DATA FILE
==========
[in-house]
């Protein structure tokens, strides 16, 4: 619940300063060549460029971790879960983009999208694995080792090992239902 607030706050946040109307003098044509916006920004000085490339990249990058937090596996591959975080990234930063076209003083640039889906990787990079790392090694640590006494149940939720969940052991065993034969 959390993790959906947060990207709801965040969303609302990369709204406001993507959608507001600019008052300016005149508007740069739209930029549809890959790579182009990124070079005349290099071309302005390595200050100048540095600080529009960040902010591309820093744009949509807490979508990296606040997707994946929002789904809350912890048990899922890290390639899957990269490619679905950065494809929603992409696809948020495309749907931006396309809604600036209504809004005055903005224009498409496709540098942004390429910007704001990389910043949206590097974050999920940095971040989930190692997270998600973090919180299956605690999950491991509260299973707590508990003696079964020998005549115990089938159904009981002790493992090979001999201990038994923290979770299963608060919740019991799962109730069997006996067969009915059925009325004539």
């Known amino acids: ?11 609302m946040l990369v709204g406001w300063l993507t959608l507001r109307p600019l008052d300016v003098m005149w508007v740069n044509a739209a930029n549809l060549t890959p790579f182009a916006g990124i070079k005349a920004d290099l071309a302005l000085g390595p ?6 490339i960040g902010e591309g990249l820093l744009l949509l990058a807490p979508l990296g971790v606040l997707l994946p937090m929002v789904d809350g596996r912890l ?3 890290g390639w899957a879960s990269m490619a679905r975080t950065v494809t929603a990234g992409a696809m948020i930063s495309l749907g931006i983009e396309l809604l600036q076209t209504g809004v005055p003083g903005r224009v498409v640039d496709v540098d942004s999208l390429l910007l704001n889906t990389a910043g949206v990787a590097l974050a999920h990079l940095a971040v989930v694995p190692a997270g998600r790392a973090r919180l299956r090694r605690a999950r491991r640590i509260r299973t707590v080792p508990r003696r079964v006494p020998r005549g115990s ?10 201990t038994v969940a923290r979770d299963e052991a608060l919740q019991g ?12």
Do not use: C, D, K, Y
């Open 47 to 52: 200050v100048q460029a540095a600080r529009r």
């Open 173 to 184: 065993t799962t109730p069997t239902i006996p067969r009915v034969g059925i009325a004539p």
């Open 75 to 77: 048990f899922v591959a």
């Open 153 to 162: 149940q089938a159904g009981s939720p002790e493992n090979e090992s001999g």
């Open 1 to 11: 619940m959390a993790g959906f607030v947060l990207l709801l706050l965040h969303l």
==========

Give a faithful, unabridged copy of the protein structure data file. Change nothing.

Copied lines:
[in-house]
């Protein structure tokens, strides 16, 4: 619940300063060549460029971790879960983009999208694995080792090992239902 607030706050946040109307003098044509916006920004000085490339990249990058937090596996591959975080990234930063076209003083640039889906990787990079790392090694640590006494149940939720969940052991065993034969 959390993790959906947060990207709801965040969303609302990369709204406001993507959608507001600019008052300016005149508007740069739209930029549809890959790579182009990124070079005349290099071309302005390595200050100048540095600080529009960040902010591309820093744009949509807490979508990296606040997707994946929002789904809350912890048990899922890290390639899957990269490619679905950065494809929603992409696809948020495309749907931006396309809604600036209504809004005055903005224009498409496709540098942004390429910007704001990389910043949206590097974050999920940095971040989930190692997270998600973090919180299956605690999950491991509260299973707590508990003696079964020998005549115990089938159904009981002790493992090979001999201990038994923290979770299963608060919740019991799962109730069997006996067969009915059925009325004539």
């Known amino acids: ?11 609302m946040l990369v709204g406001w300063l993507t959608l507001r109307p600019l008052d300016v003098m005149w508007v740069n044509a739209a930029n549809l060549t890959p790579f182009a916006g990124i070079k005349a920004d290099l071309a302005l000085g390595p ?6 490339i960040g902010e591309g990249l820093l744009l949509l990058a807490p979508l990296g971790v606040l997707l994946p937090m929002v789904d809350g596996r912890l ?3 890290g390639w899957a879960s990269m490619a679905r975080t950065v494809t929603a990234g992409a696809m948020i930063s495309l749907g931006i983009e396309l809604l600036q076209t209504g809004v005055p003083g903005r224009v498409v640039d496709v540098d942004s999208l390429l910007l704001n889906t990389a910043g949206v990787a590097l974050a999920h990079l940095a971040v989930v694995p190692a997270g998600r790392a973090r919180l299956r090694r605690a999950r491991r640590i509260r299973t707590v080792p508990r003696r079964v006494p020998r005549g115990s ?10 201990t038994v969940a923290r979770d299963e052991a608060l919740q019991g ?12």
Do not use: C, D, K, Y
């Open 47 to 52: 200050v100048q460029a540095a600080r529009r």
């Open 173 to 184: 065993t799962t109730p069997t239902i006996p067969r009915v034969g059925i009325a004539p």
């Open 75 to 77: 048990f899922v591959a």
């Open 153 to 162: 149940q089938a159904g009981s939720p002790e493992n090979e090992s001999g």
């Open 1 to 11: 619940m959390a993790g959906f607030v947060l990207l709801l706050l965040h969303l």